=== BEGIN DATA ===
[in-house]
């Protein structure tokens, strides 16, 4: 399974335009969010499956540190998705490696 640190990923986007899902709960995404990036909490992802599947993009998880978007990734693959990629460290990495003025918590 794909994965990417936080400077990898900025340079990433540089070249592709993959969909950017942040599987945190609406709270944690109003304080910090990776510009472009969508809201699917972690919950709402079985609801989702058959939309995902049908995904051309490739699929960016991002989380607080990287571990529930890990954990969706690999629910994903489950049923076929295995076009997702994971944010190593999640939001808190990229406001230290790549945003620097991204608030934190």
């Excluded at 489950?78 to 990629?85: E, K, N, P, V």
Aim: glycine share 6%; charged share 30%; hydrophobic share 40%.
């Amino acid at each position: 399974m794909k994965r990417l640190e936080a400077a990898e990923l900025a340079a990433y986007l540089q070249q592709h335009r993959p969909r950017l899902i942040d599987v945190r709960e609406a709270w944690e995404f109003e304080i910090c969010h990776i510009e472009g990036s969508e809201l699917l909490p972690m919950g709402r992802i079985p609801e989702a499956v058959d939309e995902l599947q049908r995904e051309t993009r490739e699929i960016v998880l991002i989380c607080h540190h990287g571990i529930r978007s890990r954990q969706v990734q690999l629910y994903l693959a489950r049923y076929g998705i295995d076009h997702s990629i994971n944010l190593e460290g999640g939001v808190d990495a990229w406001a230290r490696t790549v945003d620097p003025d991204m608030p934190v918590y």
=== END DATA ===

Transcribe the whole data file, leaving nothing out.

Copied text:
[in-house]
């Protein structure tokens, strides 16, 4: 399974335009969010499956540190998705490696 640190990923986007899902709960995404990036909490992802599947993009998880978007990734693959990629460290990495003025918590 794909994965990417936080400077990898900025340079990433540089070249592709993959969909950017942040599987945190609406709270944690109003304080910090990776510009472009969508809201699917972690919950709402079985609801989702058959939309995902049908995904051309490739699929960016991002989380607080990287571990529930890990954990969706690999629910994903489950049923076929295995076009997702994971944010190593999640939001808190990229406001230290790549945003620097991204608030934190």
């Excluded at 489950?78 to 990629?85: E, K, N, P, V």
Aim: glycine share 6%; charged share 30%; hydrophobic share 40%.
């Amino acid at each position: 399974m794909k994965r990417l640190e936080a400077a990898e990923l900025a340079a990433y986007l540089q070249q592709h335009r993959p969909r950017l899902i942040d599987v945190r709960e609406a709270w944690e995404f109003e304080i910090c969010h990776i510009e472009g990036s969508e809201l699917l909490p972690m919950g709402r992802i079985p609801e989702a499956v058959d939309e995902l599947q049908r995904e051309t993009r490739e699929i960016v998880l991002i989380c607080h540190h990287g571990i529930r978007s890990r954990q969706v990734q690999l629910y994903l693959a489950r049923y076929g998705i295995d076009h997702s990629i994971n944010l190593e460290g999640g939001v808190d990495a990229w406001a230290r490696t790549v945003d620097p003025d991204m608030p934190v918590y």